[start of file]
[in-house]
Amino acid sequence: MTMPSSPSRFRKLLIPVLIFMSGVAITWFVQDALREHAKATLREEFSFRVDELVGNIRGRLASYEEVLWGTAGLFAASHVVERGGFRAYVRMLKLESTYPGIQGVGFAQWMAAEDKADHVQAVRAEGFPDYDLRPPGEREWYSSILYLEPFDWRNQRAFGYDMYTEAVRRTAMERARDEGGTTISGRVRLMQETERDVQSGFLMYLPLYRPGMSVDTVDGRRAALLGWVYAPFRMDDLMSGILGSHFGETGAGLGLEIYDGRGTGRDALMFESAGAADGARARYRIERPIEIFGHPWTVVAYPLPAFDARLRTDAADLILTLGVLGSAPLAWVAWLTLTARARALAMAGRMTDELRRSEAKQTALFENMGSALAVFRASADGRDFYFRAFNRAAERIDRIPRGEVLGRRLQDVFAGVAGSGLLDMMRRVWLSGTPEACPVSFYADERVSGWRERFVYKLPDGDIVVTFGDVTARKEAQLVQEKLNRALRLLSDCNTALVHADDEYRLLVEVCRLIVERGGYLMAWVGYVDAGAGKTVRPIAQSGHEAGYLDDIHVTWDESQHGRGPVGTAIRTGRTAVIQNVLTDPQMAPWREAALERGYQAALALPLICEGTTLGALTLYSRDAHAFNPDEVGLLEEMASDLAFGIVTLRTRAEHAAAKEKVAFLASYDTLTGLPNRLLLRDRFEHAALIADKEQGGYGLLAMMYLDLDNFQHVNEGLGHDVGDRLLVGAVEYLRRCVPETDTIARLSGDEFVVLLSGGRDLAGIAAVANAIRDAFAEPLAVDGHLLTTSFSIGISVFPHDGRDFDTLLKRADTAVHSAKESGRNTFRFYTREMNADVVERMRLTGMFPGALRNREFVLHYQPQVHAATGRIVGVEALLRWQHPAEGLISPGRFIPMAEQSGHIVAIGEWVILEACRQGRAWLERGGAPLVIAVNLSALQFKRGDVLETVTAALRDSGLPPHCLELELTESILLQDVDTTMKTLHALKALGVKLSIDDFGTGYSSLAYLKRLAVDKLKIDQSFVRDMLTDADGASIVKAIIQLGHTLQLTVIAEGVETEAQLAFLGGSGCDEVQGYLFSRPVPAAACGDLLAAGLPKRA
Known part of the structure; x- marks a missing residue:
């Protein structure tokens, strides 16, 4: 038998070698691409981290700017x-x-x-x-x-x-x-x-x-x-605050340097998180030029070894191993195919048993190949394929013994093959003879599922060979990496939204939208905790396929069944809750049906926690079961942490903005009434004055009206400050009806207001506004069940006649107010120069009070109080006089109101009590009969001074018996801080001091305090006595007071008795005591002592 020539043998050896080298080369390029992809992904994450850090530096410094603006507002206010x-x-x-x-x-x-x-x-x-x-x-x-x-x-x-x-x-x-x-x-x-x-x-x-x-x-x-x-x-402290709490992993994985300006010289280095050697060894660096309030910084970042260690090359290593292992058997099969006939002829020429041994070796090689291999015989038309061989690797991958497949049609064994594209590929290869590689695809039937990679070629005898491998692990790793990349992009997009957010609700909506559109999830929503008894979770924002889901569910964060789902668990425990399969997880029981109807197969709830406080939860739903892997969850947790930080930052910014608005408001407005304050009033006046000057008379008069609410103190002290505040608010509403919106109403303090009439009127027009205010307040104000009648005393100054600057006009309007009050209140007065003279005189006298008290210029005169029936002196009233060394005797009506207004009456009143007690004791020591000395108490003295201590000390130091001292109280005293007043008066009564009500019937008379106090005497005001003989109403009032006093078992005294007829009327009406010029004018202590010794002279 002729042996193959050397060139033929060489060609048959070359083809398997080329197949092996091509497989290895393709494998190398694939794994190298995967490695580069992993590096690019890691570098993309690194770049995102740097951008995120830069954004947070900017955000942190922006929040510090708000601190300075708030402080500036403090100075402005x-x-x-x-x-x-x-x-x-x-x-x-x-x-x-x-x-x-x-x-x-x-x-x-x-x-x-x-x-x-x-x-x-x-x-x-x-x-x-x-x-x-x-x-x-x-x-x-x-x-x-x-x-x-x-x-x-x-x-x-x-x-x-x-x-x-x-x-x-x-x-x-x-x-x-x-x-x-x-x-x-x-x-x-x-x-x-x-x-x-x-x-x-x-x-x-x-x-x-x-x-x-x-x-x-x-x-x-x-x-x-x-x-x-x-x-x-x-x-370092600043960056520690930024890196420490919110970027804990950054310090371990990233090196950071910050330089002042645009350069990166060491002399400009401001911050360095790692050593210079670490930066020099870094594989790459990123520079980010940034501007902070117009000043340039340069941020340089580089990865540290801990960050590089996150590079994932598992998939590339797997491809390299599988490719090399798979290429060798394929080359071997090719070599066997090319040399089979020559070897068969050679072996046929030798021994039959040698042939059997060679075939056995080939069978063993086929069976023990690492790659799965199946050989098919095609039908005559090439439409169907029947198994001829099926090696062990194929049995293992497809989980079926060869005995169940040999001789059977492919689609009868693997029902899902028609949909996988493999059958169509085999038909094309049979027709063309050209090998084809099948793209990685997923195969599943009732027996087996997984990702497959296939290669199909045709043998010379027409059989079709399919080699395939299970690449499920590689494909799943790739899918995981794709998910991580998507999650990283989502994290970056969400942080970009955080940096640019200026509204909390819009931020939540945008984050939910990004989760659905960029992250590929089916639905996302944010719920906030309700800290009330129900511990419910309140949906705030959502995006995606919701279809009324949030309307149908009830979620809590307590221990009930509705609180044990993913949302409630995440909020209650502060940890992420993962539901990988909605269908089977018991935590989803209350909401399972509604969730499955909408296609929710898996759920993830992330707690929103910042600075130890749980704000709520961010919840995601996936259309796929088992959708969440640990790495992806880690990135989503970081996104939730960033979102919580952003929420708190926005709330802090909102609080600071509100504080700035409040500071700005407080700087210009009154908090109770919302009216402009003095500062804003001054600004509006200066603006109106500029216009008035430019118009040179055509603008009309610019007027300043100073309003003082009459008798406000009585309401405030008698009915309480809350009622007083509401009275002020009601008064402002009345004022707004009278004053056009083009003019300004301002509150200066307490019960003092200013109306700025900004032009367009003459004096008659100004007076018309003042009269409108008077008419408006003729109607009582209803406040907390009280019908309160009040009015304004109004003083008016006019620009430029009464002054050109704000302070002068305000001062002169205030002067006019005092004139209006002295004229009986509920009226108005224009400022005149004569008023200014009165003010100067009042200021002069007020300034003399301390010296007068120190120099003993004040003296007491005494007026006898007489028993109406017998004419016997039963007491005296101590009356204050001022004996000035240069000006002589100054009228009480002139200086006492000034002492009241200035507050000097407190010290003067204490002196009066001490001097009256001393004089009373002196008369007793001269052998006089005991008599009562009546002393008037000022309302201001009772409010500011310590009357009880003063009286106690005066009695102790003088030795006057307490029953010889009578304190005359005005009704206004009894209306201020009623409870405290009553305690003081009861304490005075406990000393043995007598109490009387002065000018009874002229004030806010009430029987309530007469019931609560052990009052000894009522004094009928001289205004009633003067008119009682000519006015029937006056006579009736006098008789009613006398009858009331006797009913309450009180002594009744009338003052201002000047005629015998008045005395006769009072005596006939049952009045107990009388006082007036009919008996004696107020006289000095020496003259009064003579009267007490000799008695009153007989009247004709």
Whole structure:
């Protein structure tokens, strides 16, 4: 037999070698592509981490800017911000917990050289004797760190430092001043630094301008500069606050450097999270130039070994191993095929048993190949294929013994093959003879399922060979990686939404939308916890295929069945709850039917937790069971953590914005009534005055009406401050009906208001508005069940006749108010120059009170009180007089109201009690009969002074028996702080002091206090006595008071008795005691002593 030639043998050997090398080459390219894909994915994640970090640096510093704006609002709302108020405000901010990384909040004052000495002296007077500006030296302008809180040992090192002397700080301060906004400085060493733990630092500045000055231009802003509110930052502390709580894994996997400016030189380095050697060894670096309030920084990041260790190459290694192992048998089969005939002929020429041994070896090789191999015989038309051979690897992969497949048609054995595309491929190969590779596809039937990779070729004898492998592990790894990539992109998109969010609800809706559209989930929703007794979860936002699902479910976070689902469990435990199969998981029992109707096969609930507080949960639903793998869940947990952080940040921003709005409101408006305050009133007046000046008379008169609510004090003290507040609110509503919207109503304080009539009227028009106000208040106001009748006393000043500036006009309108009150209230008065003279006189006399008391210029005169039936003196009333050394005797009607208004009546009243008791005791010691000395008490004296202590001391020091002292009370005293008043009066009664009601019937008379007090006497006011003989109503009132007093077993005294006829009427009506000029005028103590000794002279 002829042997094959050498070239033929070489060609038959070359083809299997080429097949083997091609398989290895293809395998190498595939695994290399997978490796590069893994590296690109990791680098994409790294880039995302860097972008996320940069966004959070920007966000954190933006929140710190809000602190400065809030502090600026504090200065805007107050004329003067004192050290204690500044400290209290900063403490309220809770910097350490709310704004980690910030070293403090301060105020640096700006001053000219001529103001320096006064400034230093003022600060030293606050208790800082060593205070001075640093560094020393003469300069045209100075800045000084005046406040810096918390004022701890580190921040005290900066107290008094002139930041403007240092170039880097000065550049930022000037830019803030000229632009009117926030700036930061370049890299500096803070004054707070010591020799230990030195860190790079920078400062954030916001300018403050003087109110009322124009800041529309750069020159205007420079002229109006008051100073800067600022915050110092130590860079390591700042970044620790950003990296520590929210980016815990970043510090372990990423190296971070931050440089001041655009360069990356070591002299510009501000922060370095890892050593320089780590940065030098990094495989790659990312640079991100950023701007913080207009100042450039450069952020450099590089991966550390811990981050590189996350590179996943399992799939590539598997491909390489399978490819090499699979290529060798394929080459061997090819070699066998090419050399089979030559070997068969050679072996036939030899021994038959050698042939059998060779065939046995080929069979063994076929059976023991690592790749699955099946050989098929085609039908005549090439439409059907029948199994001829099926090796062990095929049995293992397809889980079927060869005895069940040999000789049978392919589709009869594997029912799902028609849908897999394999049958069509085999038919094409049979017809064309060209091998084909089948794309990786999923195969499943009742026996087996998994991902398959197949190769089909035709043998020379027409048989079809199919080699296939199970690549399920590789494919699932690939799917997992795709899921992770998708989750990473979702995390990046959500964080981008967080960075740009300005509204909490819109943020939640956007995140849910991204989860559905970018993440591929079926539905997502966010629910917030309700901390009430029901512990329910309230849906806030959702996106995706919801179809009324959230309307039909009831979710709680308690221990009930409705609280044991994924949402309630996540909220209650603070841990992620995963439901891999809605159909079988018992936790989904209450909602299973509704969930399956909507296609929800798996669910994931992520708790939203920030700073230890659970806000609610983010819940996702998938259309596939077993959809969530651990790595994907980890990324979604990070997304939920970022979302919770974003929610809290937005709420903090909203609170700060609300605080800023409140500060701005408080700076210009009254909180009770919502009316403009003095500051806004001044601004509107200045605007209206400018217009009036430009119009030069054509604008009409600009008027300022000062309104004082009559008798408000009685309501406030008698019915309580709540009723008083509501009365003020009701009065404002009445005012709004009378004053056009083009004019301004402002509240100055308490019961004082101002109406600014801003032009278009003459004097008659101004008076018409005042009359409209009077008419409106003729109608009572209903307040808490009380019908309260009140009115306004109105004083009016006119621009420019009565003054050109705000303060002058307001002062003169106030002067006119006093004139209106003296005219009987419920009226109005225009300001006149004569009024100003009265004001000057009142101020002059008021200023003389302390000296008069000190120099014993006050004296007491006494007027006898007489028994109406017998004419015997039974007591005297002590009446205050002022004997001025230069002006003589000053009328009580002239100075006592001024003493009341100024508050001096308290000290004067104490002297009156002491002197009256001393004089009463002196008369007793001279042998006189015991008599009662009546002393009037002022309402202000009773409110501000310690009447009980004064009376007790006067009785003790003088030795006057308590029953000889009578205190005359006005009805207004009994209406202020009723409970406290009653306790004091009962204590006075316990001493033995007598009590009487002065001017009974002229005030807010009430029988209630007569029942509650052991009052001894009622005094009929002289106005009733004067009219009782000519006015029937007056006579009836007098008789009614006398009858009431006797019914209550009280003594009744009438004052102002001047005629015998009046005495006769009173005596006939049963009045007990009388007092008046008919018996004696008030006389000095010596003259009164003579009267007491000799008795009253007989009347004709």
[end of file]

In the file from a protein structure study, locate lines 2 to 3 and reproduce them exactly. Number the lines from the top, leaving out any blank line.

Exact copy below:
Amino acid sequence: MTMPSSPSRFRKLLIPVLIFMSGVAITWFVQDALREHAKATLREEFSFRVDELVGNIRGRLASYEEVLWGTAGLFAASHVVERGGFRAYVRMLKLESTYPGIQGVGFAQWMAAEDKADHVQAVRAEGFPDYDLRPPGEREWYSSILYLEPFDWRNQRAFGYDMYTEAVRRTAMERARDEGGTTISGRVRLMQETERDVQSGFLMYLPLYRPGMSVDTVDGRRAALLGWVYAPFRMDDLMSGILGSHFGETGAGLGLEIYDGRGTGRDALMFESAGAADGARARYRIERPIEIFGHPWTVVAYPLPAFDARLRTDAADLILTLGVLGSAPLAWVAWLTLTARARALAMAGRMTDELRRSEAKQTALFENMGSALAVFRASADGRDFYFRAFNRAAERIDRIPRGEVLGRRLQDVFAGVAGSGLLDMMRRVWLSGTPEACPVSFYADERVSGWRERFVYKLPDGDIVVTFGDVTARKEAQLVQEKLNRALRLLSDCNTALVHADDEYRLLVEVCRLIVERGGYLMAWVGYVDAGAGKTVRPIAQSGHEAGYLDDIHVTWDESQHGRGPVGTAIRTGRTAVIQNVLTDPQMAPWREAALERGYQAALALPLICEGTTLGALTLYSRDAHAFNPDEVGLLEEMASDLAFGIVTLRTRAEHAAAKEKVAFLASYDTLTGLPNRLLLRDRFEHAALIADKEQGGYGLLAMMYLDLDNFQHVNEGLGHDVGDRLLVGAVEYLRRCVPETDTIARLSGDEFVVLLSGGRDLAGIAAVANAIRDAFAEPLAVDGHLLTTSFSIGISVFPHDGRDFDTLLKRADTAVHSAKESGRNTFRFYTREMNADVVERMRLTGMFPGALRNREFVLHYQPQVHAATGRIVGVEALLRWQHPAEGLISPGRFIPMAEQSGHIVAIGEWVILEACRQGRAWLERGGAPLVIAVNLSALQFKRGDVLETVTAALRDSGLPPHCLELELTESILLQDVDTTMKTLHALKALGVKLSIDDFGTGYSSLAYLKRLAVDKLKIDQSFVRDMLTDADGASIVKAIIQLGHTLQLTVIAEGVETEAQLAFLGGSGCDEVQGYLFSRPVPAAACGDLLAAGLPKRA
Known part of the structure; x- marks a missing residue: